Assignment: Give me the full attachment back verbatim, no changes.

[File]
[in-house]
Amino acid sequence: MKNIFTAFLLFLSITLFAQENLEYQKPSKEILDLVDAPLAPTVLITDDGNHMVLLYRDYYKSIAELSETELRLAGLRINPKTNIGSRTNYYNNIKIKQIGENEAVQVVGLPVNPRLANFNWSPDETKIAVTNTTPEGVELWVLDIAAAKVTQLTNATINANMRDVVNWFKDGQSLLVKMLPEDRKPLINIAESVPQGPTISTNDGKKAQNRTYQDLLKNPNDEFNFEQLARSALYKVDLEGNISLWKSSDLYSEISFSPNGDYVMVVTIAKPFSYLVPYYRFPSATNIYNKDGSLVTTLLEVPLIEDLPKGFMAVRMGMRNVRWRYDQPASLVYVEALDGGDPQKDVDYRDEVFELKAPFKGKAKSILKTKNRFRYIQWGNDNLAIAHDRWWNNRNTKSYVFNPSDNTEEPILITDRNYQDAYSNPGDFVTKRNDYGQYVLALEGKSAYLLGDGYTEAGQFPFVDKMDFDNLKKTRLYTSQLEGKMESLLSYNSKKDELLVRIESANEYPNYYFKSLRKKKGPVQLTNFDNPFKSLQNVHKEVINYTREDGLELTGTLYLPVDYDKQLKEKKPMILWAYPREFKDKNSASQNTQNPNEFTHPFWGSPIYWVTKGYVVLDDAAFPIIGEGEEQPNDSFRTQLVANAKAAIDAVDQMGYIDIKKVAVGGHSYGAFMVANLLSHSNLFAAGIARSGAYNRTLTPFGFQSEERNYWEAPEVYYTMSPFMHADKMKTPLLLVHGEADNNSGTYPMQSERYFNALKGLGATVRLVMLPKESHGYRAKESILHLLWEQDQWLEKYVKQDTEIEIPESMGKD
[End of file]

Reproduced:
[in-house]
Amino acid sequence: MKNIFTAFLLFLSITLFAQENLEYQKPSKEILDLVDAPLAPTVLITDDGNHMVLLYRDYYKSIAELSETELRLAGLRINPKTNIGSRTNYYNNIKIKQIGENEAVQVVGLPVNPRLANFNWSPDETKIAVTNTTPEGVELWVLDIAAAKVTQLTNATINANMRDVVNWFKDGQSLLVKMLPEDRKPLINIAESVPQGPTISTNDGKKAQNRTYQDLLKNPNDEFNFEQLARSALYKVDLEGNISLWKSSDLYSEISFSPNGDYVMVVTIAKPFSYLVPYYRFPSATNIYNKDGSLVTTLLEVPLIEDLPKGFMAVRMGMRNVRWRYDQPASLVYVEALDGGDPQKDVDYRDEVFELKAPFKGKAKSILKTKNRFRYIQWGNDNLAIAHDRWWNNRNTKSYVFNPSDNTEEPILITDRNYQDAYSNPGDFVTKRNDYGQYVLALEGKSAYLLGDGYTEAGQFPFVDKMDFDNLKKTRLYTSQLEGKMESLLSYNSKKDELLVRIESANEYPNYYFKSLRKKKGPVQLTNFDNPFKSLQNVHKEVINYTREDGLELTGTLYLPVDYDKQLKEKKPMILWAYPREFKDKNSASQNTQNPNEFTHPFWGSPIYWVTKGYVVLDDAAFPIIGEGEEQPNDSFRTQLVANAKAAIDAVDQMGYIDIKKVAVGGHSYGAFMVANLLSHSNLFAAGIARSGAYNRTLTPFGFQSEERNYWEAPEVYYTMSPFMHADKMKTPLLLVHGEADNNSGTYPMQSERYFNALKGLGATVRLVMLPKESHGYRAKESILHLLWEQDQWLEKYVKQDTEIEIPESMGKD